Wind-driven interannual variability of sea ice algal production in the western Arctic Chukchi Borderland
- 1Japan Agency for Marine-Earth Science and Technology, 2-15 Natsushima, Yokosuka, Kanagawa, 237-0061, Japan
- 2Department of Social and Environmental Studies, Tokoha University, Fuji, Shizuoka, Japan
- 3Faculty of Fisheries Sciences, Hokkaido University, Hakodate, Hokkaido, Japan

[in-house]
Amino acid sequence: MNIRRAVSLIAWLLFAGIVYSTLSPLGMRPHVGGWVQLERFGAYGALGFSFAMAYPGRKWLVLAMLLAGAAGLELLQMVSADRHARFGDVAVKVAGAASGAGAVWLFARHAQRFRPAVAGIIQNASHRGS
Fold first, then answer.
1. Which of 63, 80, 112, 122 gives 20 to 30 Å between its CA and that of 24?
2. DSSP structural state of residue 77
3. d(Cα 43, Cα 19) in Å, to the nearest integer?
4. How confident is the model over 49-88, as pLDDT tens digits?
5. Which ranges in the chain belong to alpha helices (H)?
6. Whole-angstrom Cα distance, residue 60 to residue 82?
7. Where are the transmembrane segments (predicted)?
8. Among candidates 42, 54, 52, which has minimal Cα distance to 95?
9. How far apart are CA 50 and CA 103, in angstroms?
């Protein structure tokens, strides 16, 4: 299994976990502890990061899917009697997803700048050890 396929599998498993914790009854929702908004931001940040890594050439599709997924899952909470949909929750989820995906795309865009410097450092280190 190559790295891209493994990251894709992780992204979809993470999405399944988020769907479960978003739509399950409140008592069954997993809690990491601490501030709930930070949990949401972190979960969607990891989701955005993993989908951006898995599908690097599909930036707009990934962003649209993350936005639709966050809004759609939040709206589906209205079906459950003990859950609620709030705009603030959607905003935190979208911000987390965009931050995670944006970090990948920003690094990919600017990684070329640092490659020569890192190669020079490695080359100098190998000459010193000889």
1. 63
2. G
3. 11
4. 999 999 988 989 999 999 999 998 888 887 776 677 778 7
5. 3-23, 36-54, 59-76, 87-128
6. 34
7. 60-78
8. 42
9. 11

Abstract. Seasonal and interannual variability in the biogenic particle sinking flux was recorded using multi-year bottom-tethered sediment trap mooring systems in the Northwind Abyssal Plain (Station NAP: 75° N, 162° W, 1975 m water depth) of the western Arctic Chukchi Borderland. Trapped particle flux at a median depth of 184 m had an obvious peak and dominance of sea ice-related diatom assemblages in August 2011. The observed particle flux was considerably suppressed throughout summer 2012. In the present study, the response of ice algal production and biomass to wind-driven changes in the physical environment was addressed using a pan-Arctic sea ice–ocean modeling approach. A sea ice ecosystem with ice algae was newly incorporated into the lower-trophic marine ecosystem model, which was previously coupled with a high-resolution (i.e., 5 km horizontal grid size) sea ice–ocean general circulation model. Seasonal model experiments covering 2-year mooring periods indicated that primary productivity of ice algae around the Chukchi Borderland depended on basin-scale wind patterns via various processes. Easterly winds in the southern part of a distinct Beaufort High supplied nutrient-rich water for euphotic zones of the NAP region via both surface Ekman transport of Chukchi shelf water and vertical turbulent mixing with underlying nutricline water in 2011. In contrast, northwesterly winds flowing in the northern part of an extended Siberian High transported oligotrophic water within the Beaufort Gyre circulation toward the NAP region in 2012. The modeled ice algal biomass during summer reflected the differences in nutrient distribution. The modeled sinking flux of particulate organic nitrogen (PON) was comparable with the time series obtained from sediment trap data in summer 2011. In contrast, lateral advection of ice algal patches of shelf origin during a great cyclone event may have caused a modeled PON flux bias in 2012. Sensitivity experiments revealed several uncertainties of model configurations of ice algal productivity, particle sinking speed, and grazing activities. Extending the year-long measurements is expected to help illustrate the more general features of ice-related biological processes in the Arctic Ocean.